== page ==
Thursday, September 15, 2005

The political economy of food stamps

The International Food Policy Research Institute (IFPRI) has been publishing some of its older books online for free in .pdf format. For example, the 1993 book on The Political Economy of Food and Nutrition Policies, edited by Per Pinstrup-Andersen, contains a chapter (.pdf) on the politics of the U.S. Food Stamp Program, written by Margaret Andrews and Katherine Clancy.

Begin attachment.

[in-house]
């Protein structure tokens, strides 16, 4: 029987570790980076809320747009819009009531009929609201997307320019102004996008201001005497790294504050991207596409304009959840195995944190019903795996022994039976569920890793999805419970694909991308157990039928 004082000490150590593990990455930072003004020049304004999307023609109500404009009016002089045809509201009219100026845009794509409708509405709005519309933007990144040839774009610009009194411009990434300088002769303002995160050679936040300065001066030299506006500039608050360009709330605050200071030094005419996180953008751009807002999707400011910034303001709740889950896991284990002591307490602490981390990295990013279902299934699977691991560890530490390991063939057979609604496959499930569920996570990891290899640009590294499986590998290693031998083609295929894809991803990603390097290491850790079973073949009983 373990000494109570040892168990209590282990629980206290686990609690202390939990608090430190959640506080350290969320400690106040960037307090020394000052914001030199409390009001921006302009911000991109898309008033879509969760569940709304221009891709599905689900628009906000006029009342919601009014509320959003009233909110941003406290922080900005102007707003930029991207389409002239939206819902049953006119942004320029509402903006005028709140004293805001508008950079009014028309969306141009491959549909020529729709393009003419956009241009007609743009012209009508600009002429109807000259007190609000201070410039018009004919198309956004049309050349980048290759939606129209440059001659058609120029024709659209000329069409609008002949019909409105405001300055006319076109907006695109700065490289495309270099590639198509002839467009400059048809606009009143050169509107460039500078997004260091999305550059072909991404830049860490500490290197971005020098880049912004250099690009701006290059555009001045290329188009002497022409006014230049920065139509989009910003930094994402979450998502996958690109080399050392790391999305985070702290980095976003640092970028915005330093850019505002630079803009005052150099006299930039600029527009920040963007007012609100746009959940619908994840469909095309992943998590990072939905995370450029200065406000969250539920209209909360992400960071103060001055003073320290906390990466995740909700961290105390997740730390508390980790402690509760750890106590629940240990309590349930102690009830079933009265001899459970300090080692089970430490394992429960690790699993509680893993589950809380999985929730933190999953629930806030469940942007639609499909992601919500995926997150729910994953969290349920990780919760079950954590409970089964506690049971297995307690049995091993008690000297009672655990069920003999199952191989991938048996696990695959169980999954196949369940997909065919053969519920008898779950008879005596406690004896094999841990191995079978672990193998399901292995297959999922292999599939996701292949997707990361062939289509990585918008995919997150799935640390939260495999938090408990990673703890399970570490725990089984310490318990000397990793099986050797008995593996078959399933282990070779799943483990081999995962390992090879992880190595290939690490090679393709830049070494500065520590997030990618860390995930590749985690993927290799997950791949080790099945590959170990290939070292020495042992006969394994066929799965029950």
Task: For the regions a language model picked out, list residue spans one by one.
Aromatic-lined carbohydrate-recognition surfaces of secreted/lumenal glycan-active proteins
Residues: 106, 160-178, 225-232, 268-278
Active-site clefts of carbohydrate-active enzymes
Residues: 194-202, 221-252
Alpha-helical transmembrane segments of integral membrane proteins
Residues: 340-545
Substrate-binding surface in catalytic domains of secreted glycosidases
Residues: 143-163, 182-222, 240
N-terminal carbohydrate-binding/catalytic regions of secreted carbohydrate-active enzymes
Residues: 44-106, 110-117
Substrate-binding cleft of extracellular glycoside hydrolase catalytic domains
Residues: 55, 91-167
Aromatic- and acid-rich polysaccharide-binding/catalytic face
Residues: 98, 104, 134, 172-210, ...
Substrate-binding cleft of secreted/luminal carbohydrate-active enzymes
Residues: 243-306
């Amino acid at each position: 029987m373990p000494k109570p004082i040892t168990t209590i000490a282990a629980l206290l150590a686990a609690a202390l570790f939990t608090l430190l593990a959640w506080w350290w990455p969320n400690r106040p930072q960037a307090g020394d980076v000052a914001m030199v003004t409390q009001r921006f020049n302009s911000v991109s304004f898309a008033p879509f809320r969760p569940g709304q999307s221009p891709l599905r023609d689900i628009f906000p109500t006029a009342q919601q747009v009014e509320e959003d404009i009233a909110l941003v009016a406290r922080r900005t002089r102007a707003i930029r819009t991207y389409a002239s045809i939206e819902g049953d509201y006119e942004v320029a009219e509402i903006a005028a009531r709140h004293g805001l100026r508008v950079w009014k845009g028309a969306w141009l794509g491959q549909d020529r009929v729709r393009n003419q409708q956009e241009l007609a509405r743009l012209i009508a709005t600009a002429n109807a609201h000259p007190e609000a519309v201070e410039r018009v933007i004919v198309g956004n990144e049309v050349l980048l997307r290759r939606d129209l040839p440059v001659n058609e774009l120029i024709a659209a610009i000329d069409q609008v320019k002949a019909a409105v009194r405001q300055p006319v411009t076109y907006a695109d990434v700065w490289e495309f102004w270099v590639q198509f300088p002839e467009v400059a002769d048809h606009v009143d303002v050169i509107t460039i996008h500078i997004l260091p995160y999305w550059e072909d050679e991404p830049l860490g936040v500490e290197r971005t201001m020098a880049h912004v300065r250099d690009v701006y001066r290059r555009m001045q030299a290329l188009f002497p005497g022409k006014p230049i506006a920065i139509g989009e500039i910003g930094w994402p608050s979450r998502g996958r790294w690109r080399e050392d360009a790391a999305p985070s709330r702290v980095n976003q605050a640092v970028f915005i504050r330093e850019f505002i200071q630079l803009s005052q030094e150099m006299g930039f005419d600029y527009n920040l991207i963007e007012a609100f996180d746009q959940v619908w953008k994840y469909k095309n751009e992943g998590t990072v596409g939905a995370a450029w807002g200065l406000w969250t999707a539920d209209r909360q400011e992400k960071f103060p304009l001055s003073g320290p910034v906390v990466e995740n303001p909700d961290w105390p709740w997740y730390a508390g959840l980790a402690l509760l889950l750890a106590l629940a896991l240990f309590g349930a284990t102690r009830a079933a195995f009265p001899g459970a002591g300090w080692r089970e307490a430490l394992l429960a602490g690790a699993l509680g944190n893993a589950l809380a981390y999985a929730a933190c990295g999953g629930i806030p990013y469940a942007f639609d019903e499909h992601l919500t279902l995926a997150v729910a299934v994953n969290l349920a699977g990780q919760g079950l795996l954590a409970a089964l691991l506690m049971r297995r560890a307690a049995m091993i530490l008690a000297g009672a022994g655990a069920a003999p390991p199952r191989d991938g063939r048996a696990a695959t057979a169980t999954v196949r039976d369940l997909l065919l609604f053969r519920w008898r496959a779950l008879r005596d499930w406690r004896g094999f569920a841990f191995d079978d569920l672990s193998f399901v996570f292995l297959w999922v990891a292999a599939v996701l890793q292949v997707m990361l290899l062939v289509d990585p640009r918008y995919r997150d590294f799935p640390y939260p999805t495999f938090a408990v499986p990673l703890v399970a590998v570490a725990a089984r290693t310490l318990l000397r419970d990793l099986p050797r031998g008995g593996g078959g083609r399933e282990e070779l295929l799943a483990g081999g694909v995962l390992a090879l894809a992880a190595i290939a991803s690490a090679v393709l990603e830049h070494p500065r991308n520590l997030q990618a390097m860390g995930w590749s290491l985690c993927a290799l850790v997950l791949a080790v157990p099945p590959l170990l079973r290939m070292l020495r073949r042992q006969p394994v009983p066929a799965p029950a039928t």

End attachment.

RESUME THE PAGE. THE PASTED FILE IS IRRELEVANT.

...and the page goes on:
The chapter explores the reasons for the growth in the nation's leading food assistance program between the mid-1960s and the mid-1990s. What explains the Food Stamp Program's growth? Was it to dispose of agricultural surpluses? Was it vote-trading or "logrolling," in which urban legislators agreed to vote for farm programs in return for rural votes for food assistance? Was it a consequence of the Civil Rights movement and the growing democratic strength of the poor? My quick summary of the chapter: some of each explanation. But the details are interesting.

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